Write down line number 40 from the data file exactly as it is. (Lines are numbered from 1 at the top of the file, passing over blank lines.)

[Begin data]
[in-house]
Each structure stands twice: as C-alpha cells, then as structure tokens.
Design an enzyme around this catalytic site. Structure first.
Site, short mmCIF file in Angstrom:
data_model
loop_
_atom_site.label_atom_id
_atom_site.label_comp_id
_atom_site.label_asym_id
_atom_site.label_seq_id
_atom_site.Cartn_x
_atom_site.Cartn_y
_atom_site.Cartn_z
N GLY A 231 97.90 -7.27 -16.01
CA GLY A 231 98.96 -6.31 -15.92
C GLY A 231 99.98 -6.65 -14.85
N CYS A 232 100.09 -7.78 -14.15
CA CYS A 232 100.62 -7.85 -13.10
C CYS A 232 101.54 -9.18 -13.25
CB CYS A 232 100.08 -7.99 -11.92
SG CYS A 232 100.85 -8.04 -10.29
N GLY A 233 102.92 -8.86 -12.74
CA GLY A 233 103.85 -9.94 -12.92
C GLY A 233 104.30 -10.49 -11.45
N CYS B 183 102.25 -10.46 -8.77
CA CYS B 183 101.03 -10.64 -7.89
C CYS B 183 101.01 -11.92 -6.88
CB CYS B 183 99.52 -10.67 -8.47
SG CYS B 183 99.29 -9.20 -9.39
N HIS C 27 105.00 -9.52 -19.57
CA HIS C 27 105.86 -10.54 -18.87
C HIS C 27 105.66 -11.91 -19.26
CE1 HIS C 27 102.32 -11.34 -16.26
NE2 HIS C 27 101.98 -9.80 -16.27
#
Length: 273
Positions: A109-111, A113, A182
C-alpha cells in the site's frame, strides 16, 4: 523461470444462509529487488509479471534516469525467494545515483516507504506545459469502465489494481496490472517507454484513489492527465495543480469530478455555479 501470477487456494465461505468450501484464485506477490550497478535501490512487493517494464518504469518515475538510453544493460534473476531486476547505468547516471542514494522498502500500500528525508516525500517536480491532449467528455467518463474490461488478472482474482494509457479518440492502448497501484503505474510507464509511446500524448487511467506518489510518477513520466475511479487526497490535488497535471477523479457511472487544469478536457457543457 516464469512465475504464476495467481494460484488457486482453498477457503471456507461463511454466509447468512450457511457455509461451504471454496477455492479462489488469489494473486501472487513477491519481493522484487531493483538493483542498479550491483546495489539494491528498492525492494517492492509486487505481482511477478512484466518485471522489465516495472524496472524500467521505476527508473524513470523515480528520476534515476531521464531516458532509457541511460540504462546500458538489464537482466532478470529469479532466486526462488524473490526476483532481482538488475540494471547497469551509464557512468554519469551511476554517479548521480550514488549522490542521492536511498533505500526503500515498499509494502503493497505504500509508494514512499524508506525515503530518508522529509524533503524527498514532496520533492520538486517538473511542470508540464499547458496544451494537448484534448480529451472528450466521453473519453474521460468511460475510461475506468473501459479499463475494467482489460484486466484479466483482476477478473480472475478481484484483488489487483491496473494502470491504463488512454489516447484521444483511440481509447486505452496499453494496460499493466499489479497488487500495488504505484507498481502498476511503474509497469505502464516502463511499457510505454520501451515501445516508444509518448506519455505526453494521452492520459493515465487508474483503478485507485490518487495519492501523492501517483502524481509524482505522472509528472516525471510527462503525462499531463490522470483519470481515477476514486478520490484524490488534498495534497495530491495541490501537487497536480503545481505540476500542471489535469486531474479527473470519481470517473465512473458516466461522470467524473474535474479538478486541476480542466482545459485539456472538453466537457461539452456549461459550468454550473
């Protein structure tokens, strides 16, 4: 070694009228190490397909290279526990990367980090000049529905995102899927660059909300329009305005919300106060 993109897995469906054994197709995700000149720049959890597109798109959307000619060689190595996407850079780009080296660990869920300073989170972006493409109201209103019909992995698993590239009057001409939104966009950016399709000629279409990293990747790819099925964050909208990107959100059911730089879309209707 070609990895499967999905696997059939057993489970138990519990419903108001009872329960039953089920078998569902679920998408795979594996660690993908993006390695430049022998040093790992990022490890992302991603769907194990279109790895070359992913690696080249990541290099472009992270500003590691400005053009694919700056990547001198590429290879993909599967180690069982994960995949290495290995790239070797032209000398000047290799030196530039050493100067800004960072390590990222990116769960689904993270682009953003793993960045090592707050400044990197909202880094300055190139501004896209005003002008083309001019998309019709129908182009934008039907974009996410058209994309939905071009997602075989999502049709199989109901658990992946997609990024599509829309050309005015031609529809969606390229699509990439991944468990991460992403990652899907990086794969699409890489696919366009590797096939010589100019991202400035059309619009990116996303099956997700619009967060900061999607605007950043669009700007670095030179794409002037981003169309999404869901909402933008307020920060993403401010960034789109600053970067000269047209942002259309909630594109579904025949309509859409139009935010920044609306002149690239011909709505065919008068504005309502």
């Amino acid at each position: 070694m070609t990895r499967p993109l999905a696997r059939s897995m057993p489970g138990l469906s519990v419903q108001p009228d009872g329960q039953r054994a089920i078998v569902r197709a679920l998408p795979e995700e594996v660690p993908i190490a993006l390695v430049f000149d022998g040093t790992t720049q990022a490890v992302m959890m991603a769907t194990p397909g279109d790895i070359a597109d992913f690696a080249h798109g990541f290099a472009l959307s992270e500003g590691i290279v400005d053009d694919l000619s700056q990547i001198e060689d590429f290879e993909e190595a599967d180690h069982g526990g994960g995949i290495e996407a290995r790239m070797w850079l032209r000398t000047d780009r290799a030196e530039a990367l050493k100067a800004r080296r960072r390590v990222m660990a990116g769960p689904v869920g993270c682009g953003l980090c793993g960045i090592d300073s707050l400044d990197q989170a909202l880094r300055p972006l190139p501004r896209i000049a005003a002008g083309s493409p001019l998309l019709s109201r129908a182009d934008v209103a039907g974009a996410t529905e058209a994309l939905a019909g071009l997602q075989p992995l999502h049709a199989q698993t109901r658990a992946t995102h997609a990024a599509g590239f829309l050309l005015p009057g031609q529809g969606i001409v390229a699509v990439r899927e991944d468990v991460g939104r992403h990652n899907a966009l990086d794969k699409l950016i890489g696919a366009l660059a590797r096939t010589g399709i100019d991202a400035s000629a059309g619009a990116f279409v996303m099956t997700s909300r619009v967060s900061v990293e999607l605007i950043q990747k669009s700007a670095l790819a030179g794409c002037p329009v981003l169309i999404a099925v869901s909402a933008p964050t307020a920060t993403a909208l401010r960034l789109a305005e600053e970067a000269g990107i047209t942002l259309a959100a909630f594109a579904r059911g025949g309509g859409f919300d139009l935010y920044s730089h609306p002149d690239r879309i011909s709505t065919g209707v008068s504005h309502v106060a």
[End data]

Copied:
């Amino acid at each position: 070694m070609t990895r499967p993109l999905a696997r059939s897995m057993p489970g138990l469906s519990v419903q108001p009228d009872g329960q039953r054994a089920i078998v569902r197709a679920l998408p795979e995700e594996v660690p993908i190490a993006l390695v430049f000149d022998g040093t790992t720049q990022a490890v992302m959890m991603a769907t194990p397909g279109d790895i070359a597109d992913f690696a080249h798109g990541f290099a472009l959307s992270e500003g590691i290279v400005d053009d694919l000619s700056q990547i001198e060689d590429f290879e993909e190595a599967d180690h069982g526990g994960g995949i290495e996407a290995r790239m070797w850079l032209r000398t000047d780009r290799a030196e530039a990367l050493k100067a800004r080296r960072r390590v990222m660990a990116g769960p689904v869920g993270c682009g953003l980090c793993g960045i090592d300073s707050l400044d990197q989170a909202l880094r300055p972006l190139p501004r896209i000049a005003a002008g083309s493409p001019l998309l019709s109201r129908a182009d934008v209103a039907g974009a996410t529905e058209a994309l939905a019909g071009l997602q075989p992995l999502h049709a199989q698993t109901r658990a992946t995102h997609a990024a599509g590239f829309l050309l005015p009057g031609q529809g969606i001409v390229a699509v990439r899927e991944d468990v991460g939104r992403h990652n899907a966009l990086d794969k699409l950016i890489g696919a366009l660059a590797r096939t010589g399709i100019d991202a400035s000629a059309g619009a990116f279409v996303m099956t997700s909300r619009v967060s900061v990293e999607l605007i950043q990747k669009s700007a670095l790819a030179g794409c002037p329009v981003l169309i999404a099925v869901s909402a933008p964050t307020a920060t993403a909208l401010r960034l789109a305005e600053e970067a000269g990107i047209t942002l259309a959100a909630f594109a579904r059911g025949g309509g859409f919300d139009l935010y920044s730089h609306p002149d690239r879309i011909s709505t065919g209707v008068s504005h309502v106060a």